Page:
Kate Middleton turned out for the British Academy of Film and Television Arts Awards (a.k.a. the BAFTAs) on Sunday night, along with husband Prince William. The vast majority of women at the British film awards were wearing black in solidarity with Time's Up, just as they did at the Golden Globes in January. However, Kate—who last year wore a black floral-print Alexander McQueen gown—showed up in a forest green Jenny Packham dress, adorned with a black ribbon around its empire waist.
The reason isn't because she's insensitive to the movements, though; instead, it's due to what one might call a royal fashion quagmire. Protocol states that members of the royal family aren't allowed to make political statements with their clothing. And yes, Time's Up is considered political—even given that anti-harassment movements ought to be bipartisan.
"The rule against royals making political statements is very vaguely defined, as there are no set parameters for what constitutes a 'political statement,'" Evelyn Wang wrote for Glamour.com earlier this month. "The Duchess of Cambridge has spent a lot of time advocating for better mental health treatment; one could argue that taking a public stance against sexual harassment and assault and in favor of gender parity is just as apolitical. However, both #MeToo and #TimesUp have been accused by some critics as being too politically-charged, which would subject Middleton to criticism of breaking protocol."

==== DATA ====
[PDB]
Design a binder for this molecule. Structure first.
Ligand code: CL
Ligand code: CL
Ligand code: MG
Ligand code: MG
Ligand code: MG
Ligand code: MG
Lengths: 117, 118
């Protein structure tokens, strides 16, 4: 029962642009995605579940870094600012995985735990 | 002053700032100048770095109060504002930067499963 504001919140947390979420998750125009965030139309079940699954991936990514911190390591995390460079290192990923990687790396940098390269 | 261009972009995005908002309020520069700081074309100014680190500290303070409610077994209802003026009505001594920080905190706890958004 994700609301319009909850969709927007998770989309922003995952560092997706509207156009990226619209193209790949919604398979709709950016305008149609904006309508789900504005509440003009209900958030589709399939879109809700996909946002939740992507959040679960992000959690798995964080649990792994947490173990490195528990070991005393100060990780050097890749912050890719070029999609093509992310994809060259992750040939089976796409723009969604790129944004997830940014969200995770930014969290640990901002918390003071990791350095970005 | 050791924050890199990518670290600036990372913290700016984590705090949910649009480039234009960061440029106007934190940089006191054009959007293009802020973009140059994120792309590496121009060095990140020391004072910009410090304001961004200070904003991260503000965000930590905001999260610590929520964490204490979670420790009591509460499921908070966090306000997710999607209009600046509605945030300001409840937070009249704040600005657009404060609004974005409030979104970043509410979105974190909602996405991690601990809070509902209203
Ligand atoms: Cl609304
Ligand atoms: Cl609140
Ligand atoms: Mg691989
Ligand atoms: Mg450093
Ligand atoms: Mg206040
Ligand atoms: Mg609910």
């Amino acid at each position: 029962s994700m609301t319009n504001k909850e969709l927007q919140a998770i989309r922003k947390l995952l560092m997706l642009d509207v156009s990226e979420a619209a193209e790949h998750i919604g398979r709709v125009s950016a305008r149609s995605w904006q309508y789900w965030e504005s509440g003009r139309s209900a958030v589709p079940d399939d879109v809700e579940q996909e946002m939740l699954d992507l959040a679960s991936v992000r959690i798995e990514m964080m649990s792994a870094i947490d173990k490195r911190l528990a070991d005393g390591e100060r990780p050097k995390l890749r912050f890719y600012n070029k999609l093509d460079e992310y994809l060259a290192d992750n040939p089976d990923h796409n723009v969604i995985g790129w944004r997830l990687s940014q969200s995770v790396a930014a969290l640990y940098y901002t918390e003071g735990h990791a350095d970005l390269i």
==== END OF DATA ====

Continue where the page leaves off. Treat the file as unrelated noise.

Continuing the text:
So yes, Kate unfortunately had to place royal rules ahead of dressing in solidarity. However, the black ribbon around her waist can be read as a subtle nod to the movement and as much of a show of support as royal tradition allowed—a safe, if not very daring, middle ground between solidarity and the confines of dressing like a royal.
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